Journal : Journal of Small Business and Enterprise Development , vol. 14 , p. 36–47–12 , 2007
International Standard Numbers
Printed : 1462-6004
Electronic : 1758-7840
Publication type : Academic article
Issue : No.1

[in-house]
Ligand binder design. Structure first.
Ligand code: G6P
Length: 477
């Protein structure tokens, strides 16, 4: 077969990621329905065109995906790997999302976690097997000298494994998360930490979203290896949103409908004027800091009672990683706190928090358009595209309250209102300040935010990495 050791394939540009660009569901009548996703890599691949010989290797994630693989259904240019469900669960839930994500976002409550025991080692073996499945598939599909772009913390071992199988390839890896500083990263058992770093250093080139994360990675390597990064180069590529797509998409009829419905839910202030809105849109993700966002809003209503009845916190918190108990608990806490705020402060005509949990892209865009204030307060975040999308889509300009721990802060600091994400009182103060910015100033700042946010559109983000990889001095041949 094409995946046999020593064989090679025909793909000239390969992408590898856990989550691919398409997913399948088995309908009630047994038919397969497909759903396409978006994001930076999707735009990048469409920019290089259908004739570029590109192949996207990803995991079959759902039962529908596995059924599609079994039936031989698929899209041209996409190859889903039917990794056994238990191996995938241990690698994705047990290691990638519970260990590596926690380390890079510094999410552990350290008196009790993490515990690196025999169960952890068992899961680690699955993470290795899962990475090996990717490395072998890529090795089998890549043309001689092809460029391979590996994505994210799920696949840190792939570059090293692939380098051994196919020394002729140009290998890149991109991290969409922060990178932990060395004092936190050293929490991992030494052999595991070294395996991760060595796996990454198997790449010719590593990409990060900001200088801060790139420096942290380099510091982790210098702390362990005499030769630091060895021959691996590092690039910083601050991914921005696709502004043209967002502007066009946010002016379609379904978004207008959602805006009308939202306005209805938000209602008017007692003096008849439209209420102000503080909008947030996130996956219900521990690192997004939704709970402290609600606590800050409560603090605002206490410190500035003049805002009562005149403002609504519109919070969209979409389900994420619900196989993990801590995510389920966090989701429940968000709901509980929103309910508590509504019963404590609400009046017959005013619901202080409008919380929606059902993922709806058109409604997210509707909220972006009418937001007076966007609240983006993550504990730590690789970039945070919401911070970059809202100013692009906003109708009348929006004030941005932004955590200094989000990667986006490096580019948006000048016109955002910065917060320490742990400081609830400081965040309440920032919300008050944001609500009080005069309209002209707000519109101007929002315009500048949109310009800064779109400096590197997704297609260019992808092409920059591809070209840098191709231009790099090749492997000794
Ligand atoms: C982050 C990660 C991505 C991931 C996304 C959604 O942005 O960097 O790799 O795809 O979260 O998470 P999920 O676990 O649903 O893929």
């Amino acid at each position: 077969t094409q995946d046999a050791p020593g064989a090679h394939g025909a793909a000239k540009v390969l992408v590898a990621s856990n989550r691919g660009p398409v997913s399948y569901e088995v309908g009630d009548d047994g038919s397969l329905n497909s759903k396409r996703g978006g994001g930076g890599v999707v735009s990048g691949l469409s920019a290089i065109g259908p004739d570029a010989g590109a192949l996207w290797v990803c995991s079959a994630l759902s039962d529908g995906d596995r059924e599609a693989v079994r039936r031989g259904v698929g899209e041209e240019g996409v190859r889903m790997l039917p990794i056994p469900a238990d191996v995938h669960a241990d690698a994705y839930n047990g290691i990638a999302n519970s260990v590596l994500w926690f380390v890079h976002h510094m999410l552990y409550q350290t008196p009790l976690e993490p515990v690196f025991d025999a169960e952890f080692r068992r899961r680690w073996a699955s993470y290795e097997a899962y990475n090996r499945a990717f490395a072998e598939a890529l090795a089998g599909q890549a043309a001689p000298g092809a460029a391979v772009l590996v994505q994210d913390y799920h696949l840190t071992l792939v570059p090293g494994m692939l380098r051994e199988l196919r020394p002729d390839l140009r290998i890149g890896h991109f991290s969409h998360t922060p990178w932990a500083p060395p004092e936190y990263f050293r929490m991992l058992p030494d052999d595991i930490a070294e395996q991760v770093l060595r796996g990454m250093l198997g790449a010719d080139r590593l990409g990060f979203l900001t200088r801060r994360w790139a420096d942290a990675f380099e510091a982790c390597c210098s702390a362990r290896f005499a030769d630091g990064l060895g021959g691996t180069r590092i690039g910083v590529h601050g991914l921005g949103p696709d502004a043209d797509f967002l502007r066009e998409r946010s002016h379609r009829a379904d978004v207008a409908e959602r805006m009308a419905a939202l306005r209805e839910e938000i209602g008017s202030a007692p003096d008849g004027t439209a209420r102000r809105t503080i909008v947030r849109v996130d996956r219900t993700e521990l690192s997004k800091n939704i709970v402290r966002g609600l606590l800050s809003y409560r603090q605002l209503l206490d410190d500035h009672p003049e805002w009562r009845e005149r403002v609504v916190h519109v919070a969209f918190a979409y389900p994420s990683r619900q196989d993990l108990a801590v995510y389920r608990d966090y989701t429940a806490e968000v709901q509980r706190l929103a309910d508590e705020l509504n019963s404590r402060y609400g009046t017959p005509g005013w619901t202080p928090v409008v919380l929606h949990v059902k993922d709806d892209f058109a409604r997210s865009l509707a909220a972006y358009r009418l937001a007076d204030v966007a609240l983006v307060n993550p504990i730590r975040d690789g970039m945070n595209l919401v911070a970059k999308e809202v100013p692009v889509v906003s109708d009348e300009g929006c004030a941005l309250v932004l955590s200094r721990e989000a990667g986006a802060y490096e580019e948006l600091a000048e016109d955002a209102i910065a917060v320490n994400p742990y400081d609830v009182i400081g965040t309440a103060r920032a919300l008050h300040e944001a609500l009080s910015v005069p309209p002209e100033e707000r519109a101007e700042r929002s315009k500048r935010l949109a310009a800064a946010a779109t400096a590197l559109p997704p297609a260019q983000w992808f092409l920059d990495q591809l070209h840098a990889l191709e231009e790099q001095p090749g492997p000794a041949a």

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Abstract Purpose – Due to their limited resources small- and medium-sized firms are often assumed not to influence or “drive” their industries or markets. However, based on insights from social cognition and studies of firms’ reputations it is argued that small firms might benefit from actively influencing their reputations as well as the standards against which they are evaluated. The purpose of this paper is to explore empirically whether small firms actually try to influence their markets in such a manner. Design/methodology/approach – A detailed longitudinal tracking of a top manager’s (of a medium-sized manufacturing firm) interactions with the firm’s external constituencies is applied to investigate whether and how this manager tries to influence other market actors. Findings – The results show that considerable efforts are devoted to try to influence a wide range of external actors in relation to a range of topics, but with an emphasis on the characteristics of his own firm. This indicates that the firm aims to induce and benefit from a good reputation. Originality/value – The value of the paper is that it demonstrates how small firms can “drive” their small enterprises, markets in a more subtle and incremental manner as opposed to how market driving is presently understood.